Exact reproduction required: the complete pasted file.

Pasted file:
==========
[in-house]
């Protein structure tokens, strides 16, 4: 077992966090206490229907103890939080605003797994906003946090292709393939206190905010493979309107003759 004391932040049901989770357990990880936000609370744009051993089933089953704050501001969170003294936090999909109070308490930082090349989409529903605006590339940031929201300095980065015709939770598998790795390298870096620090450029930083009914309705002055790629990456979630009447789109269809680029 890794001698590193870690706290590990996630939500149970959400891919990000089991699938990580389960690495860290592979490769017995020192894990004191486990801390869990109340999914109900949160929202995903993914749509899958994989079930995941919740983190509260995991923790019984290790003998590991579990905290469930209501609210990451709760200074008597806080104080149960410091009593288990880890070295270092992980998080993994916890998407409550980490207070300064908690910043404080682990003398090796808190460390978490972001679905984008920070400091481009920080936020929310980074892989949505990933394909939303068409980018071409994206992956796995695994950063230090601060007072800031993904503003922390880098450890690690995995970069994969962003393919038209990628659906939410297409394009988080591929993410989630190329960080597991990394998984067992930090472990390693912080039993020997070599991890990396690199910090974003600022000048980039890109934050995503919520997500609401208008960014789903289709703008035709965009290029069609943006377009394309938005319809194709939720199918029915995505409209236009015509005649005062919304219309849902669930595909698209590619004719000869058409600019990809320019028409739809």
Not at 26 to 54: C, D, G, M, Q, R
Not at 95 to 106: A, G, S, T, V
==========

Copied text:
[in-house]
């Protein structure tokens, strides 16, 4: 077992966090206490229907103890939080605003797994906003946090292709393939206190905010493979309107003759 004391932040049901989770357990990880936000609370744009051993089933089953704050501001969170003294936090999909109070308490930082090349989409529903605006590339940031929201300095980065015709939770598998790795390298870096620090450029930083009914309705002055790629990456979630009447789109269809680029 890794001698590193870690706290590990996630939500149970959400891919990000089991699938990580389960690495860290592979490769017995020192894990004191486990801390869990109340999914109900949160929202995903993914749509899958994989079930995941919740983190509260995991923790019984290790003998590991579990905290469930209501609210990451709760200074008597806080104080149960410091009593288990880890070295270092992980998080993994916890998407409550980490207070300064908690910043404080682990003398090796808190460390978490972001679905984008920070400091481009920080936020929310980074892989949505990933394909939303068409980018071409994206992956796995695994950063230090601060007072800031993904503003922390880098450890690690995995970069994969962003393919038209990628659906939410297409394009988080591929993410989630190329960080597991990394998984067992930090472990390693912080039993020997070599991890990396690199910090974003600022000048980039890109934050995503919520997500609401208008960014789903289709703008035709965009290029069609943006377009394309938005319809194709939720199918029915995505409209236009015509005649005062919304219309849902669930595909698209590619004719000869058409600019990809320019028409739809």
Not at 26 to 54: C, D, G, M, Q, R
Not at 95 to 106: A, G, S, T, V